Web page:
He looked up at us and softly asked for some coins for a pastry. I was too stunned to speak, but quickly turned to my wallet and started digging for coins. I could feel the boy’s eyes looking at me, making me hope I could find some spare change. I snatched a few euros to give him and my friends chipped in too. We ended up collecting enough for him to buy some food. The boy’s eyes started to glow, and he smiled ear to ear as he thanked us for the coins and quickly scurried into the bakery. 

As the boy walked away I was filled with a wave of relief, knowing that he could buy something to eat. But I was quickly taken back to a dark place, knowing there are children fighting hunger and homelessness every day. Then the boy came out of the bakery with a bag in his hand. 

He sat down at the table right beside us and quickly gobbled down the sandwich. It seemed like this was the first time he had eaten in a while, which made me upset. From the way the boy was eating, it seemed like he didn’t know how or when he would get his next meal.

As the boy was leaving, he said, “Merci, mes dames,” and rode away on his rusty bike.

I was left with a pit in my stomach and many unanswered questions. I wondered where his parents were and how he could be left alone at such a young age. 

After this interaction, I feel grateful to have grown up in a family that was able to financially support me, and I feel deeply sorry for the children who aren’t sure if they will eat every day.

This is a personal reflection and does not necessarily express the opinion of program sponsors ieiMedia or Arles à la carte.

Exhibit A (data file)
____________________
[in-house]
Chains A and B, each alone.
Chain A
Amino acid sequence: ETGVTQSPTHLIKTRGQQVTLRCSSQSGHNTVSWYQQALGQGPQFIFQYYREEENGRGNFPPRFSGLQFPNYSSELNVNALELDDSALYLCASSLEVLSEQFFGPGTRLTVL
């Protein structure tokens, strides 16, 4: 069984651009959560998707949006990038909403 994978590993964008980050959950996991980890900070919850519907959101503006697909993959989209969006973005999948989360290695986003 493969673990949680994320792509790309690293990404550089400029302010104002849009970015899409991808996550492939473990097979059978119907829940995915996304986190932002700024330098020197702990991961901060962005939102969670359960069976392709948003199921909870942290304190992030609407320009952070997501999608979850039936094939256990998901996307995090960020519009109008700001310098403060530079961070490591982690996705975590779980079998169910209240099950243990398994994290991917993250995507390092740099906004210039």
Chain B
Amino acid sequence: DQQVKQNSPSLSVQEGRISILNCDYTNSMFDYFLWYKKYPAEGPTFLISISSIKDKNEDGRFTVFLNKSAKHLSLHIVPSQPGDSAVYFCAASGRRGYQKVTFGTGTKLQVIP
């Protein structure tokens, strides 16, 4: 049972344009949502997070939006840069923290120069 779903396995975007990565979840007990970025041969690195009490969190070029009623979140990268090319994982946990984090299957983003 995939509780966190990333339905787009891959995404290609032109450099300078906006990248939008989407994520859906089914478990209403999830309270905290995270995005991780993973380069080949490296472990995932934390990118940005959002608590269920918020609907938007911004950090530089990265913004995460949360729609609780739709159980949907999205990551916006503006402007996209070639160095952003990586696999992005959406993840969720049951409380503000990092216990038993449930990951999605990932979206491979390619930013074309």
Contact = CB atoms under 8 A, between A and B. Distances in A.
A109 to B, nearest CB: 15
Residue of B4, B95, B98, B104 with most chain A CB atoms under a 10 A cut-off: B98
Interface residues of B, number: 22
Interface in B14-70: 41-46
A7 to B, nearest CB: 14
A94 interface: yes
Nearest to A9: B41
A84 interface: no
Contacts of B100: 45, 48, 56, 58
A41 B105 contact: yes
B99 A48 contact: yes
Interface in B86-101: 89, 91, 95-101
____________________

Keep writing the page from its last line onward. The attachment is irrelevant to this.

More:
Watching death through a lens

Story and photos by Sam Guzman

When I heard there was going to be a bullfighting event at a ranch on the outskirts of Arles, I jumped at the opportunity to photograph it. I had been to rodeos before, but I’d never attended a bullfight.

“La Corrida” is a centuries-old tradition for the people of Spain and Southern France.  Bullfighters wear traditional outfits –- short jackets, knee-length trousers and boots — and dance with the bulls as spectators watch. It ends in the death of the bulls, one sword to the body and another to the head. To many people in this region, it is an act of honor. 

I thought I was going to a practice session where the animals would not be killed. Marie-Anne Devaux, my guide for the day, introduced me to three of the matadors who were to be performing that day. Everyone there was incredibly charming and kind. They really made me feel welcome, and I was excited to shoot photographs of the bullfight. 

Lalo de Maria was the matador up first, and it was fascinating to see him work. Lalo threw a red cape in front of the bull, and the animal charged towards him. Then a man on a horse provoked the bull to check its bravery. It was at that moment when Devaux turned to me and said, “Oh, they’re gonna kill the bull; you can tell because he has his sword in his hand.” 

Matador Bruno Aloi uses a red cape on a pole to attract the bull and hide his sword.

In this moment I felt conflicted; I didn’t come to this event to see a bull die. It was against my very nature to want to see something like this. However, I also knew that as a journalist it’s not my job to decide what’s right and what’s wrong. It’s not my right to go to a country I’ve never been to before, with a language I don’t speak, with customs I don’t understand and say that what they’re doing is wrong. 

Photographing the bull as it’s dying, blood leaking from its mouth, its eyes starting to fade away, was the most important thing I could do in that moment.

As I put the camera to my eye, I thought of a photograph I had studied in school.

After being stabbed, the bull collapses to the ground before dying.